The ethos of the "blood sport" is one steeped in language of glory and honor. But the persons who engage in self-aggrandizing pugnaciousness to prove that they're the smartest guy in the room are running quite far afield from this ideal.** They are not behaving honorably. They are fighting for themselves, when they should be fighting for the greater ideal of illumination and elucidation, or at the very least making all participants the best they can be as advocates and proponents of their causes. Moreover, agonist struggle implies a willing and eager partner: forcing someone who does not wish to fight into a debate context is as incompatible with agonist ideals as a boxer picking a random guy out at a bar and pummeling him senseless. The agonist does hold -- properly in my view -- that if one does wish to enter the fora of public deliberation, then one can't demand that everyone put aside their difference and "collaborate" together.*** But not everyone wants to be in the fora all the time, or on all subjects.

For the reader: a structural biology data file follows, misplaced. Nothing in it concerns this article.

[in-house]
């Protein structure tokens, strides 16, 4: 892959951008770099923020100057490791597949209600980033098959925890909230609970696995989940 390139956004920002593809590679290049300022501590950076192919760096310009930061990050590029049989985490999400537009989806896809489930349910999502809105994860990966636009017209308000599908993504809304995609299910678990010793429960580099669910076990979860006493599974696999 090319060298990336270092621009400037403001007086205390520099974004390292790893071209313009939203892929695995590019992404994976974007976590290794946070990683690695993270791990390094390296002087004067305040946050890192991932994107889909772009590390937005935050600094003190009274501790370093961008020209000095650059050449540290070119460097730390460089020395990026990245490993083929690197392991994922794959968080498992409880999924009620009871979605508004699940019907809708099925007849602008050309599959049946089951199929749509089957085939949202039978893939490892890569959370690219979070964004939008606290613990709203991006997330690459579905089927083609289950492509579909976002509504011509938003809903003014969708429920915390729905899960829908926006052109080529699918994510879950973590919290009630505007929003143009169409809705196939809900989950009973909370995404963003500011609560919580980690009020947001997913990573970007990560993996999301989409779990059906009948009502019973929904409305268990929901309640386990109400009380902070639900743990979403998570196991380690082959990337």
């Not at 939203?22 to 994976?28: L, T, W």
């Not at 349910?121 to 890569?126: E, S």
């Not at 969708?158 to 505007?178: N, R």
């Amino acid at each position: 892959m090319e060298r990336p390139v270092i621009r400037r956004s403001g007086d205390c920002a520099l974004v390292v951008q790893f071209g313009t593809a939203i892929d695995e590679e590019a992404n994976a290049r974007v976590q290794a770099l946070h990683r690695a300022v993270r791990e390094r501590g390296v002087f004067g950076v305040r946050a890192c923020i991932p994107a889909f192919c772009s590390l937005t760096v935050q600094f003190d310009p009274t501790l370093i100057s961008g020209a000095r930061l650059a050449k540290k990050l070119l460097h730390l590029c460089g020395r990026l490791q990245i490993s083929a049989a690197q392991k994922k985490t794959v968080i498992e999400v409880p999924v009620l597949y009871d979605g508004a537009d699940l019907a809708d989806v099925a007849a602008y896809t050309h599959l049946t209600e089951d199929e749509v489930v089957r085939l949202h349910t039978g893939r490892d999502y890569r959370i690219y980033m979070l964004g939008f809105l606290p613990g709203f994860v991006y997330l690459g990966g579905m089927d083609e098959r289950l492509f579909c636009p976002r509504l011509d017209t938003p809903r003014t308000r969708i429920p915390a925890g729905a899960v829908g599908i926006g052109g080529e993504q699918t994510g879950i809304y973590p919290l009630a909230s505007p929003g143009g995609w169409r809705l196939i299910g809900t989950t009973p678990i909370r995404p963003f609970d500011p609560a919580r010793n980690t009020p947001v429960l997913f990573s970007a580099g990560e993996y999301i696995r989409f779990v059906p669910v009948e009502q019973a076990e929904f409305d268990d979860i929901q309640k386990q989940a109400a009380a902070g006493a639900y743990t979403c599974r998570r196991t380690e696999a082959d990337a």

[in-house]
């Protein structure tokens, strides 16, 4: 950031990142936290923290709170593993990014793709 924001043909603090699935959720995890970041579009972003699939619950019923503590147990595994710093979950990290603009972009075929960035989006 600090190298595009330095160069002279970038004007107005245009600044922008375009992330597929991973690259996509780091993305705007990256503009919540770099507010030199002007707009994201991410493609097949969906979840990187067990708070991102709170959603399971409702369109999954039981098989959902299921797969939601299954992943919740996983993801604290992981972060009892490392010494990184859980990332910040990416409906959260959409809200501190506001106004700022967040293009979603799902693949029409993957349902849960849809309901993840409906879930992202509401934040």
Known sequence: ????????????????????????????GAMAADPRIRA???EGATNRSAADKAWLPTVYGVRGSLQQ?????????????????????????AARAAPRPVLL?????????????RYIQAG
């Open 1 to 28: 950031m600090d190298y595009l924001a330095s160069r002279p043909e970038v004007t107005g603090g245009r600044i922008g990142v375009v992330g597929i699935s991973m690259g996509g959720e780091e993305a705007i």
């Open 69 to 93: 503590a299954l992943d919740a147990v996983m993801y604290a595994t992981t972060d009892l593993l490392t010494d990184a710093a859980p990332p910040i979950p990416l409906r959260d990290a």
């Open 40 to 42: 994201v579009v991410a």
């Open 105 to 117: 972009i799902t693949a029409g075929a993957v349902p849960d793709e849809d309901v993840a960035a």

I do believe that the best academic discussions are ones in which eager and talented participants are trading their best shots at one another. But not everyone is in a position to do that. Some people aren't eager. Some people don't know enough to be thrown in with the sharks yet. Predators seek out these persons because they want another notch in their "W" column, but there is no true honor in that. There are, after all, models of combat which are premised on building someone up rather than taking them down (e.g., a sparring session), and this too ought be (and I believe is) incorporated into a true agonist frame. In this way, conflict and collaboration are reconciled.
Debate ought to be an honorable activity. Many persons, unfortunately, do not practice it in this way. They relish victory for its own sake, with no regard for their partner and with no purpose other than victory. But whatever else it is, that sort of behavior is not consistent with the ethos of the blood sport.